Record Display for the EPA National Library Catalog


Main Title Differing Hepatotoxicity and Lethality After Subacute Trichloroethylene Exposure in Aqueous or Corn Oil Gavage Vehicles in B6C3F1 Mice.
Author Merrick, B. A. ; Robinson, M. ; Condie, L. W. ;
CORP Author Health Effects Research Lab., Cincinnati, OH. Toxicology and Microbiology Div.
Publisher c1989
Year Published 1989
Report Number EPA/600/J-89/015;
Stock Number PB89-236319
Additional Subjects Toxicity ; Liver ; Lethal dosage ; Pathology ; Mice ; Males ; Females ; Corn oil ; Solutions ; Enteral feeding ; Body weight ; Trichloroethylene ; Emulphor ; Organ weight
Library Call Number Additional Info Location Last
NTIS  PB89-236319 Some EPA libraries have a fiche copy filed under the call number shown. 07/26/2022
Collation 9p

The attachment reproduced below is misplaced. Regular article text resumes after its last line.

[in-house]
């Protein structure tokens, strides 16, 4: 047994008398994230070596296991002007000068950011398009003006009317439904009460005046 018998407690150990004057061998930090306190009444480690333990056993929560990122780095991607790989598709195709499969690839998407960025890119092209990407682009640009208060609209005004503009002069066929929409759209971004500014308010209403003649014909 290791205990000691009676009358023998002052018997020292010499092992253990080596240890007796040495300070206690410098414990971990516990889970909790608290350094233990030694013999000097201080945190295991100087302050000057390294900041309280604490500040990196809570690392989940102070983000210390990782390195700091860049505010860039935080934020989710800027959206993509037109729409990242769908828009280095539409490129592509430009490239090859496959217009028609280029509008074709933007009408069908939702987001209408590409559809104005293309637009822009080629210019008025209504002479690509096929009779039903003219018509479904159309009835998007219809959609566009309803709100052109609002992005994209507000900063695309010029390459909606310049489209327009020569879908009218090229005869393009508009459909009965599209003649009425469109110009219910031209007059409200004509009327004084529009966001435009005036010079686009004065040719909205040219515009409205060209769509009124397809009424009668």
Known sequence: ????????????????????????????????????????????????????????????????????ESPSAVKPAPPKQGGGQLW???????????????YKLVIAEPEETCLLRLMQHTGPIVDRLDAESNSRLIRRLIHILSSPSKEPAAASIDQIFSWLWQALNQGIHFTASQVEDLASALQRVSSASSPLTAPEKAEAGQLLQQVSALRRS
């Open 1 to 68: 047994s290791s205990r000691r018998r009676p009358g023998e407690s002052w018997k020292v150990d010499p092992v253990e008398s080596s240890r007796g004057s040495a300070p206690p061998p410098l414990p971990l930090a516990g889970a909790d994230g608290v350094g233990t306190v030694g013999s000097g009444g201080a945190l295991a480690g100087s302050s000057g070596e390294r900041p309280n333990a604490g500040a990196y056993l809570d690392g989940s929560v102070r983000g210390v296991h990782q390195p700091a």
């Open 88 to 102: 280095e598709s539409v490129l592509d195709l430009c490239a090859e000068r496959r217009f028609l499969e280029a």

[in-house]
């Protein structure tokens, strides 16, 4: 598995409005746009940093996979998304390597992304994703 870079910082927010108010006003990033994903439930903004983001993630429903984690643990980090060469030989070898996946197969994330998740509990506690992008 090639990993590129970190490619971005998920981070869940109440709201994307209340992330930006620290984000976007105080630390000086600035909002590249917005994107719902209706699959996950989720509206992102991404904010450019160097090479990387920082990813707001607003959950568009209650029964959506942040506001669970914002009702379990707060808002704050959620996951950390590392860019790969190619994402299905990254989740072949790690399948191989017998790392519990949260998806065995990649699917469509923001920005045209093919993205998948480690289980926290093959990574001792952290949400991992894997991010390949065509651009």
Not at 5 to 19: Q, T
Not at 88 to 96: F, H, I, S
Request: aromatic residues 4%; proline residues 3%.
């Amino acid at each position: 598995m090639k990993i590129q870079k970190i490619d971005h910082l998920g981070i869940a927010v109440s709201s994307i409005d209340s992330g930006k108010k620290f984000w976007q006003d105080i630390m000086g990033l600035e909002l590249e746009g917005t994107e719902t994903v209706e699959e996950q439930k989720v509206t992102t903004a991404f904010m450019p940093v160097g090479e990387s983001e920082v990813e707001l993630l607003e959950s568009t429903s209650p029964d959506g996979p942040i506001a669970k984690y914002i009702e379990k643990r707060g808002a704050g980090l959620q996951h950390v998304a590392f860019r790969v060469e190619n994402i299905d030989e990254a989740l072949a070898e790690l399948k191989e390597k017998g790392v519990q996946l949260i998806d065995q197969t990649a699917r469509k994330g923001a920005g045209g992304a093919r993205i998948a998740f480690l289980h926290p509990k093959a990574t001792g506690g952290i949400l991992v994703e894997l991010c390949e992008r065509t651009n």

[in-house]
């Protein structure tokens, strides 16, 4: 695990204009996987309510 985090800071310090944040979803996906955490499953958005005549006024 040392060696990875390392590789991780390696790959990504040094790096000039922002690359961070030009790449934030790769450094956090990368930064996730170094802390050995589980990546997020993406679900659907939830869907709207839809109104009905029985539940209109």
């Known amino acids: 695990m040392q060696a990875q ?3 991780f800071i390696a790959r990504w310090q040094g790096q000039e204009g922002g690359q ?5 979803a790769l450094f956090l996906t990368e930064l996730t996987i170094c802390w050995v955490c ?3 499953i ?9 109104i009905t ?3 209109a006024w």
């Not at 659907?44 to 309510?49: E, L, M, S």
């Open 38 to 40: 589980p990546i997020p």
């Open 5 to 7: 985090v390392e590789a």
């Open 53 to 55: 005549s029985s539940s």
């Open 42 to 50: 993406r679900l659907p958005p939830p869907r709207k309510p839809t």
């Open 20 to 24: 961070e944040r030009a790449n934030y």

Subacute toxicity of trichloroethylene (TCE) was evaluated in male and female B6C3F1 mice using corn oil or aqueous gavage vehicles. Mice received oral doses of TCE five times a week for 4 weeks at 600, 1200 and 2400 mg/kg/day for males and 450, 900 and 1800 mg/kg/day for females. Vehicle control mice were dosed with either corn oil or a 20% aqueous solution of Emulphor. A dose-related increase in lethality occurred in male and female mice receiving TCE in Emulphor but not corn oil during the first week of treatment. Lethality was consistent with central nervous system depressant effects of TCE. After 4 weeks of exposure, body weights were not altered by TCE but liver/body weight ratios were uniformly increased by TCE administered in either vehicle in both sexes. Only male mice treated with TCE in corn oil, however, sustained elevations in serum enzyme levels, accompanied by liver histopathology. TCE in corn oil produced inflammation-associated focal necrosis in 30-40% of the male mice, with increasing severity from low to high dose. Lipid accumulation, as indicated by Oil-Red O staining, was most prevalent in male mice treated with TCE in corn oil but also occurred to a lesser degree in animals receiving either gavage vehicle alone. This study indicates that the type of oral gavage vehicle is an important factor in determining the nature of TCE toxicity. (Copyright (c) 1989 by John Wiley and Sons, Ltd.)